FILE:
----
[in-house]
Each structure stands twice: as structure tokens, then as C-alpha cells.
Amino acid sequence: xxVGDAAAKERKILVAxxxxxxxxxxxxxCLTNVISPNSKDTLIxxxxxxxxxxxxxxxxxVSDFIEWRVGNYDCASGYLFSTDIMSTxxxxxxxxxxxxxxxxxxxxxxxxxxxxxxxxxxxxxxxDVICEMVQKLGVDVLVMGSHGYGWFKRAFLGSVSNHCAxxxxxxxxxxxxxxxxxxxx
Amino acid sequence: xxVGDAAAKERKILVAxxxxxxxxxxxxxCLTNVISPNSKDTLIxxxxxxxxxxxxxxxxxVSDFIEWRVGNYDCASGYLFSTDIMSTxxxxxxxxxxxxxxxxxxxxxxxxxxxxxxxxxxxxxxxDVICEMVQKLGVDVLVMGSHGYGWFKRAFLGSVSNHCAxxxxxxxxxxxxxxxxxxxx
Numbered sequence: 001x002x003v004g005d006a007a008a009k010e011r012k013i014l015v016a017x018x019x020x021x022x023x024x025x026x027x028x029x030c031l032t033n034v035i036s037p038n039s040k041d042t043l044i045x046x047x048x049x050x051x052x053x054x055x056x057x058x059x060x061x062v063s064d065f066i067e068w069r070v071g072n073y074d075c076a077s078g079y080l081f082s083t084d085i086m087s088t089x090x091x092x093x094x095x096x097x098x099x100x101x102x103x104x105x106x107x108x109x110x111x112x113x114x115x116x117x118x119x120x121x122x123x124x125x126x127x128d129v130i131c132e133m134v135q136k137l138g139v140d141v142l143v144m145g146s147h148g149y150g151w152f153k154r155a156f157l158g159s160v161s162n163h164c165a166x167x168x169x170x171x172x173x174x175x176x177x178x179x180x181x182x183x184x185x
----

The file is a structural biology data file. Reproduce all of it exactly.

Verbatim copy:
[in-house]
Each structure stands twice: as structure tokens, then as C-alpha cells.
Amino acid sequence: xxVGDAAAKERKILVAxxxxxxxxxxxxxCLTNVISPNSKDTLIxxxxxxxxxxxxxxxxxVSDFIEWRVGNYDCASGYLFSTDIMSTxxxxxxxxxxxxxxxxxxxxxxxxxxxxxxxxxxxxxxxDVICEMVQKLGVDVLVMGSHGYGWFKRAFLGSVSNHCAxxxxxxxxxxxxxxxxxxxx
Amino acid sequence: xxVGDAAAKERKILVAxxxxxxxxxxxxxCLTNVISPNSKDTLIxxxxxxxxxxxxxxxxxVSDFIEWRVGNYDCASGYLFSTDIMSTxxxxxxxxxxxxxxxxxxxxxxxxxxxxxxxxxxxxxxxDVICEMVQKLGVDVLVMGSHGYGWFKRAFLGSVSNHCAxxxxxxxxxxxxxxxxxxxx
Numbered sequence: 001x002x003v004g005d006a007a008a009k010e011r012k013i014l015v016a017x018x019x020x021x022x023x024x025x026x027x028x029x030c031l032t033n034v035i036s037p038n039s040k041d042t043l044i045x046x047x048x049x050x051x052x053x054x055x056x057x058x059x060x061x062v063s064d065f066i067e068w069r070v071g072n073y074d075c076a077s078g079y080l081f082s083t084d085i086m087s088t089x090x091x092x093x094x095x096x097x098x099x100x101x102x103x104x105x106x107x108x109x110x111x112x113x114x115x116x117x118x119x120x121x122x123x124x125x126x127x128d129v130i131c132e133m134v135q136k137l138g139v140d141v142l143v144m145g146s147h148g149y150g151w152f153k154r155a156f157l158g159s160v161s162n163h164c165a166x167x168x169x170x171x172x173x174x175x176x177x178x179x180x181x182x183x184x185x